They say that travel broadens the mind, and my recent trip to the United States has certainly done that!
I was fortunate enough, last month, to be one of the 9,000 delegates from 87 countries attending the American Society for Training and Development's annual international conference and exhibition - ASTD2013 - held this year in Dallas, Texas.
The event was enormous - eight days of learning, more than 300 conference sessions across 14 different tracks, 368 companies filling the exhibition hall, not to mention all the exhibition seminars, networking opportunities, and other events that were also going on.
It was so large that, at times, I was at a bit of a loss as to what session to attend, or what stand to look at, next! It was a bit overwhelming but in a very positive way; the choice of high-quality learning was such that I came away after four days feeling that I had learned so much but that I could have done so much more. I wished I could have cloned myself until there were enough of me to attend all the sessions and seminars that I wanted to attend, while simultaneously visiting every single exhibitor!
I met a lot of very interesting, enthusiastic, knowledgeable people, attended a lot of really interesting conference sessions and had some very worthwhile conversations. A few of the highlights for me were a tremendous session on the first day, examining Google's research into the effectiveness of massive online open courses; a very informative session by the e-Learning Guild' s David Kelly on curating; a brilliant keynote speech by creativity guru Sir Ken Richardson, who essentially spent an hour chatting to his audience as though they were old friends while delivering a very powerful message about the importance of combining aptitude with passion to achieve success at work; a very interesting conversation about mobile learning on the NetDimensions stand; seeing DPG plc's Robert Wagner resplendent in a pair of Union Jack trousers, and learning how ROI can be effectively put into action in a case study from Turkey.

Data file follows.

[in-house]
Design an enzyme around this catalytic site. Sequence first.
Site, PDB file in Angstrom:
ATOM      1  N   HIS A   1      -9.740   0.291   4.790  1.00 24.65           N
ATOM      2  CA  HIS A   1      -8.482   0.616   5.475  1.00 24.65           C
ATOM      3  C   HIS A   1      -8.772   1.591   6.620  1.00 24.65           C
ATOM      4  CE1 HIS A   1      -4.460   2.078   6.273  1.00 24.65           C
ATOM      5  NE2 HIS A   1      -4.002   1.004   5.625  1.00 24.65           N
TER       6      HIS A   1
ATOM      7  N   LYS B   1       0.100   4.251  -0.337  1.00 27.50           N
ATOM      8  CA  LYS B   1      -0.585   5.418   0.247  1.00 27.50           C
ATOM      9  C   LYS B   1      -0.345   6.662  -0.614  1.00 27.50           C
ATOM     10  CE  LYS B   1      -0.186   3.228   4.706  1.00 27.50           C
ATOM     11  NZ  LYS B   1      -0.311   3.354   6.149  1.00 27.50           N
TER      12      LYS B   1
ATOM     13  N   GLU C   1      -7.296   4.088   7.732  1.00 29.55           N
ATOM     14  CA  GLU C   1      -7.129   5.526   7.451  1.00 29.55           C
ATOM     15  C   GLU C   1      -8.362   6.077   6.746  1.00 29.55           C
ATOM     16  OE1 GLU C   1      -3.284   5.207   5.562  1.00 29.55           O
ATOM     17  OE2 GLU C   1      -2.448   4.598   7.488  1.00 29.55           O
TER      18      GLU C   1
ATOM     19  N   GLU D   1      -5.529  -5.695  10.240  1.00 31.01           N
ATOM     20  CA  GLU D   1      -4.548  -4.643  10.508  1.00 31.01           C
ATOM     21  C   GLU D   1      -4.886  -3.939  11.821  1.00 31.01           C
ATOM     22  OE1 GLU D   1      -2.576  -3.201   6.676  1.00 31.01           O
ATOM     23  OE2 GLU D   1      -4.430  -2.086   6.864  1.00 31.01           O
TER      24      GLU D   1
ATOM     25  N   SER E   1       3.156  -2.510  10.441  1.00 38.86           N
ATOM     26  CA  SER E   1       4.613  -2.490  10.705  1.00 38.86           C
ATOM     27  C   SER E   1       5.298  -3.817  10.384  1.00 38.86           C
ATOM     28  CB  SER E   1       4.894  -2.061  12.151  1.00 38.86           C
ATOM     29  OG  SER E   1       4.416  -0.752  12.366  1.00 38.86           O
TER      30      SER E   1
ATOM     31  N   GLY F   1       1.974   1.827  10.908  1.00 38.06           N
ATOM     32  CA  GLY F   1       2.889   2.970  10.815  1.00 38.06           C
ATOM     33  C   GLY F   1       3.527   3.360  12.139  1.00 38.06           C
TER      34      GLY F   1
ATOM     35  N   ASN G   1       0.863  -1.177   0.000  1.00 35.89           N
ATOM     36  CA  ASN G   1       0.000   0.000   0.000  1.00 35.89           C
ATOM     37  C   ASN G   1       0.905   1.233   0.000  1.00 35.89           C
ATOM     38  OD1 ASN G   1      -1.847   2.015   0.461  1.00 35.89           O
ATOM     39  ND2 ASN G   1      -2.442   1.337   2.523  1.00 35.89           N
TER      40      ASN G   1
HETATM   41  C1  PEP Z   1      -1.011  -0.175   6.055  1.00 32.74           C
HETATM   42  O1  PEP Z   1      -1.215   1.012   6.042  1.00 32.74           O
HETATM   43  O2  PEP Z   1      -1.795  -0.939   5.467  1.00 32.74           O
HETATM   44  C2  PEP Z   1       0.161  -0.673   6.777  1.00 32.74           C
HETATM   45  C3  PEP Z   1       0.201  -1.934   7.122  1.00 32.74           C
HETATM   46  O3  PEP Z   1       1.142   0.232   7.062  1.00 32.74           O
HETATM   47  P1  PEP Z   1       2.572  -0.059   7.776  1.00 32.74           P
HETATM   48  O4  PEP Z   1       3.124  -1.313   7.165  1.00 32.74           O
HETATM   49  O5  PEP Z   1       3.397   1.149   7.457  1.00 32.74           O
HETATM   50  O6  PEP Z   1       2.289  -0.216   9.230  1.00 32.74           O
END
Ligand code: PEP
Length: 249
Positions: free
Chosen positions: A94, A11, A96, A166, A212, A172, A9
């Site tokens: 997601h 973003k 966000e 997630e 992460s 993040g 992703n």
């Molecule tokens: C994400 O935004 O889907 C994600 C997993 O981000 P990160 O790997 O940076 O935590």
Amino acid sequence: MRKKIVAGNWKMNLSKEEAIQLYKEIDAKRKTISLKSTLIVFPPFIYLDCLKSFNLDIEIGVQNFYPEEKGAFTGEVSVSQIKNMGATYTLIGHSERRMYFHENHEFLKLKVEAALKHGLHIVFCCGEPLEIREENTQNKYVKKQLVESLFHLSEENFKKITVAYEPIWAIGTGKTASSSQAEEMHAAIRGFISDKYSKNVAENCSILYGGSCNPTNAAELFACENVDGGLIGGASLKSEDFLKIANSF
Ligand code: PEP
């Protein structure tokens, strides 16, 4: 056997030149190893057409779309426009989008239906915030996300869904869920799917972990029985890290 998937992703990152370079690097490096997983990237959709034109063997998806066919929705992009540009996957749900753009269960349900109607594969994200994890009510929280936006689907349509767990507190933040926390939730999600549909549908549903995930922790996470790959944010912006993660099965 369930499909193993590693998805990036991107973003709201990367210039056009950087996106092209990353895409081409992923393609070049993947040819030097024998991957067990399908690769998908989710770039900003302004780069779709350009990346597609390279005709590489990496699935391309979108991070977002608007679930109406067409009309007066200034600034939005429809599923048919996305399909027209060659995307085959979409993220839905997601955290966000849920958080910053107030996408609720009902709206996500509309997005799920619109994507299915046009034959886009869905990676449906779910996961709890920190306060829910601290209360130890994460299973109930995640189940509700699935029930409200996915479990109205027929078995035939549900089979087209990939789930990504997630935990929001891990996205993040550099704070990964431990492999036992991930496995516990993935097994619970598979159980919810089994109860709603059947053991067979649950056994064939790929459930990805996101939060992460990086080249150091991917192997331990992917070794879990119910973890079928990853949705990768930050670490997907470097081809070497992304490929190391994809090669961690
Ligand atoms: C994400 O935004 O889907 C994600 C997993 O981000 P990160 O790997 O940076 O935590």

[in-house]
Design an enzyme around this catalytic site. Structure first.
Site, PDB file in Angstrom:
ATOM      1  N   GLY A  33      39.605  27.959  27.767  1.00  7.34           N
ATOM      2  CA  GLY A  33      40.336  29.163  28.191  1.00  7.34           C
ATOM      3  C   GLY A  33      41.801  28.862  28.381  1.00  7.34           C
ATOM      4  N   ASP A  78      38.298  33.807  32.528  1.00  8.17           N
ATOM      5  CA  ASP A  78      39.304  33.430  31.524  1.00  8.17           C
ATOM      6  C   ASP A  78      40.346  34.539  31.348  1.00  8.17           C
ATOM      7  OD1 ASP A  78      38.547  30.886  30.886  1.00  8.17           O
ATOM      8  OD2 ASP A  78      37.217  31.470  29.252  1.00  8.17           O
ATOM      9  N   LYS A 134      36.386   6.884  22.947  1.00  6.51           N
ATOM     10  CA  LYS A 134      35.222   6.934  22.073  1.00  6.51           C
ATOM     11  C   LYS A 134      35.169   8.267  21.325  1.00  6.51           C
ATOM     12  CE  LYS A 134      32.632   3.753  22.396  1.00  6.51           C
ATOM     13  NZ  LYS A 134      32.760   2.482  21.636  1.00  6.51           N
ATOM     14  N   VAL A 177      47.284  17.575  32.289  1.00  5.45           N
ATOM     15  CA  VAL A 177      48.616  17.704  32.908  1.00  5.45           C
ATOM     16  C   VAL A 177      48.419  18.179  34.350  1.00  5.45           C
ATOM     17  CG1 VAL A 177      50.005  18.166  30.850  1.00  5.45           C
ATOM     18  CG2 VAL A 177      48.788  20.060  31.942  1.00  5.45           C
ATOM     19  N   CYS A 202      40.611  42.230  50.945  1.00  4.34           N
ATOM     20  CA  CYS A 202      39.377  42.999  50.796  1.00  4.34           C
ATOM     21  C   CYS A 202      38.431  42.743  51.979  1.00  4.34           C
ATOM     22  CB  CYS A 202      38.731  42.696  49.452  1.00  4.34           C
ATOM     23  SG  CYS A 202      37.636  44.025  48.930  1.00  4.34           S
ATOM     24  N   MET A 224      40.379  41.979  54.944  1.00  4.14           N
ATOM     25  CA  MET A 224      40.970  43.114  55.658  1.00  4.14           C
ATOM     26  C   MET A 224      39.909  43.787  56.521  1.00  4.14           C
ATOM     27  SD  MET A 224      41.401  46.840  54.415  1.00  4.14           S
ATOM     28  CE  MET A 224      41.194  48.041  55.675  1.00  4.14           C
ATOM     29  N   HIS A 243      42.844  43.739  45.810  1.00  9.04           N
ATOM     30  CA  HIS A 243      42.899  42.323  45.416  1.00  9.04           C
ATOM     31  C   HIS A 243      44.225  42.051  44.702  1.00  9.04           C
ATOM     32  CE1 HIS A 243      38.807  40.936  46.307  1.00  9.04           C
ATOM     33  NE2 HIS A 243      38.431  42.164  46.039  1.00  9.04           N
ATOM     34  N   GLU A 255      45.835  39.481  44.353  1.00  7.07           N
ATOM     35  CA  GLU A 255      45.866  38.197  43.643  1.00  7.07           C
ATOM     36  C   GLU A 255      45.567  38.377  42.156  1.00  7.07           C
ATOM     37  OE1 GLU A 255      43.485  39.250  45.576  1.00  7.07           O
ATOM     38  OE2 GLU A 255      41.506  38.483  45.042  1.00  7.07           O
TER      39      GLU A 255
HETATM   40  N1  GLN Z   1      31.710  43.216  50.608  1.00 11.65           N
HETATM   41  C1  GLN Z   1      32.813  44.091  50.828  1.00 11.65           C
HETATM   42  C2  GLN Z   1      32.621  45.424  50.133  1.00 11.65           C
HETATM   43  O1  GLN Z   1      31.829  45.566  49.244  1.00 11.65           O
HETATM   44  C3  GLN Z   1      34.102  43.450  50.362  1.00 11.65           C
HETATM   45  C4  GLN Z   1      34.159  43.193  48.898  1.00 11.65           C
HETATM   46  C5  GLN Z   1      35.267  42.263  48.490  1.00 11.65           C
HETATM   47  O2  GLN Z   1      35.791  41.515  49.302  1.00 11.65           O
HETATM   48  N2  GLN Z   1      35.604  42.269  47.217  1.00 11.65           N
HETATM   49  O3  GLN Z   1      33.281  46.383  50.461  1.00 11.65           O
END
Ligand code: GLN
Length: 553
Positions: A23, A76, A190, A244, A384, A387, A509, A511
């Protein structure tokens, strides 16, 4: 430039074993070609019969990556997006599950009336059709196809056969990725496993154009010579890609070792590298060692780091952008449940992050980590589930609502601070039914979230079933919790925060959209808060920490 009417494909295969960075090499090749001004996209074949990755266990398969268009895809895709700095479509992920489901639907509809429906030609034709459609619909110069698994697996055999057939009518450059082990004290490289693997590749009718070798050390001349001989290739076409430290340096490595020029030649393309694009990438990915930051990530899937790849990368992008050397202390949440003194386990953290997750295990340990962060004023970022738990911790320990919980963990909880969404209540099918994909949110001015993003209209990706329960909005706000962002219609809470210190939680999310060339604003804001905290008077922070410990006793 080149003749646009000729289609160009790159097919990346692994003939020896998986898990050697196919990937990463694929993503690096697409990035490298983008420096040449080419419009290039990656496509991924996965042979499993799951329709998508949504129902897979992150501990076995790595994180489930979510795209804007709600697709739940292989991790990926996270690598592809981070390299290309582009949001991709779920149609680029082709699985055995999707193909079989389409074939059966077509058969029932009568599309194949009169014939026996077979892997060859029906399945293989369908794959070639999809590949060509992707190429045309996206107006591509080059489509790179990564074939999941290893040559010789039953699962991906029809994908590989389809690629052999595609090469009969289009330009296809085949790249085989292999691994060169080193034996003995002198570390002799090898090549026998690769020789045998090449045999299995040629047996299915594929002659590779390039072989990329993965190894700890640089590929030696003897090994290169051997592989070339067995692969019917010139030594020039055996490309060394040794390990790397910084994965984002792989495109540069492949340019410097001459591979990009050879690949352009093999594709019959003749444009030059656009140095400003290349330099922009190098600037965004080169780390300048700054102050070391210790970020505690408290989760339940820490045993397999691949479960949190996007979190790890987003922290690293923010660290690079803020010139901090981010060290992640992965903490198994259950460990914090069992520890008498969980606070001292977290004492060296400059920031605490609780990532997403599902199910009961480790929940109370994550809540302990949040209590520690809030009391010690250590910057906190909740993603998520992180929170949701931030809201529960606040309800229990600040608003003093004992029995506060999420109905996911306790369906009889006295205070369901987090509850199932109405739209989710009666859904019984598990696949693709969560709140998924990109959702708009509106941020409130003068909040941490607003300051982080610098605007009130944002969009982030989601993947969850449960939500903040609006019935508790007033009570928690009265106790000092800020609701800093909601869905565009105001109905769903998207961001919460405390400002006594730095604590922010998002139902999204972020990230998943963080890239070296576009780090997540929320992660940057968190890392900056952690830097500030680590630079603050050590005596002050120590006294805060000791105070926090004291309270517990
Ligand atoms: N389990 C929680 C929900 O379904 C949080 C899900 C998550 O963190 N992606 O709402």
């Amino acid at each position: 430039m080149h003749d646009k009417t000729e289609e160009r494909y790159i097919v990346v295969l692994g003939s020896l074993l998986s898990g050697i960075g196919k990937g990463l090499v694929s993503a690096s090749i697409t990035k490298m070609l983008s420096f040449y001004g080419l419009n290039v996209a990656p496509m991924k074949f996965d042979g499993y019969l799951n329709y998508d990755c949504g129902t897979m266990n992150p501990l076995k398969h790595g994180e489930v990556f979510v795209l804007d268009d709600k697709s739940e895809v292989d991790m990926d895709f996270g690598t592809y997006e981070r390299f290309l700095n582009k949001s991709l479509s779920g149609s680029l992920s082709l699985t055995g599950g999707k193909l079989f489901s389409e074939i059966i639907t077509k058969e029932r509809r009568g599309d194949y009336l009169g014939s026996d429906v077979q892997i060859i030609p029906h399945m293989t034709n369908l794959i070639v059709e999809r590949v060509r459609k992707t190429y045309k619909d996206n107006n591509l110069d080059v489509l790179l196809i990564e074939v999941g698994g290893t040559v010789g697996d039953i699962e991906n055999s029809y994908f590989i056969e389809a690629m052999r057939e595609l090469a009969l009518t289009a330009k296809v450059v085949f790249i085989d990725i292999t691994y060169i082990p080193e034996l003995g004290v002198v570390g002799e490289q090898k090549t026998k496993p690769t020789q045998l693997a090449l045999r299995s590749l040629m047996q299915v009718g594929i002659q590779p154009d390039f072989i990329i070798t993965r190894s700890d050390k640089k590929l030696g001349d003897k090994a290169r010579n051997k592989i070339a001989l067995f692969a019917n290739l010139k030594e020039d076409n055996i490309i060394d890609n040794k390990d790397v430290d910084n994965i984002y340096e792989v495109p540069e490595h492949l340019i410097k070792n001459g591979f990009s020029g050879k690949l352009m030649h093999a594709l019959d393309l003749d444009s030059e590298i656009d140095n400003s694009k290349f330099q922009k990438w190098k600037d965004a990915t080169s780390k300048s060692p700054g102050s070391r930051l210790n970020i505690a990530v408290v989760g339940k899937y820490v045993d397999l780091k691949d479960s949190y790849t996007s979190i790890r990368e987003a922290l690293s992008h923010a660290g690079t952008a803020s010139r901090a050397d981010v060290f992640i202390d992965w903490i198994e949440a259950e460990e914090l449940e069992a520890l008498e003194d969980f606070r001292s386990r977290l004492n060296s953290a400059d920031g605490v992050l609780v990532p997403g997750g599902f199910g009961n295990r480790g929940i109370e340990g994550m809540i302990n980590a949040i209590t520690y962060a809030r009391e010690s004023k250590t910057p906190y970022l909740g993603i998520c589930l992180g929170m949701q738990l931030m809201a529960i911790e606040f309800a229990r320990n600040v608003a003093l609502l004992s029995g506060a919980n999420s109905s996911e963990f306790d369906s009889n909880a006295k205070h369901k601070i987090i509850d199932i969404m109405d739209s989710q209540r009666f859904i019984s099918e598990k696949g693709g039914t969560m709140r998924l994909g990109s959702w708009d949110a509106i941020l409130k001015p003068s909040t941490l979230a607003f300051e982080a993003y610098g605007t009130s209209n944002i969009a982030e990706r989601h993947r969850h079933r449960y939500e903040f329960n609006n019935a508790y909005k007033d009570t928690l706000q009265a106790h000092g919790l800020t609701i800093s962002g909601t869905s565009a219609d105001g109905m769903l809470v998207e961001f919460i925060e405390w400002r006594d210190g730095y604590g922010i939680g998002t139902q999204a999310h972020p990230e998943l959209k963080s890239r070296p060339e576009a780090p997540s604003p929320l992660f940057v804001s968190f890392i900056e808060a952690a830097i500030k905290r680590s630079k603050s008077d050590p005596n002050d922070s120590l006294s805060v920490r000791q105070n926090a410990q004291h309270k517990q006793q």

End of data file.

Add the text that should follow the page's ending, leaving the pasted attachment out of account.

The level of delegate participation in the conference was impressive, whether it was the straightforward approach of asking for a show of hands at regular intervals or proactively answering people's questions throughout a session or more structured exercises to get participants actively involved. It ensured we were all engaged, attentive, learning, meeting people and exchanging ideas, views and knowledge.
The subject areas were not new - we're familiar with issues such as measurement and ROI, mobile learning, engagement, leadership development and the changing role of L&D here in the UK - but ASTD2013 enabled me to see them from a different perspective, which in itself is a great learning opportunity.
I also liked the buzz in the exhibition hall. There was an energy and a willingness to engage, on the parts of both exhibitors and attendees, that was refreshing.
I had a great time - thanks to everyone who made it such a memorable week.
Elizabeth Eyre, Editor
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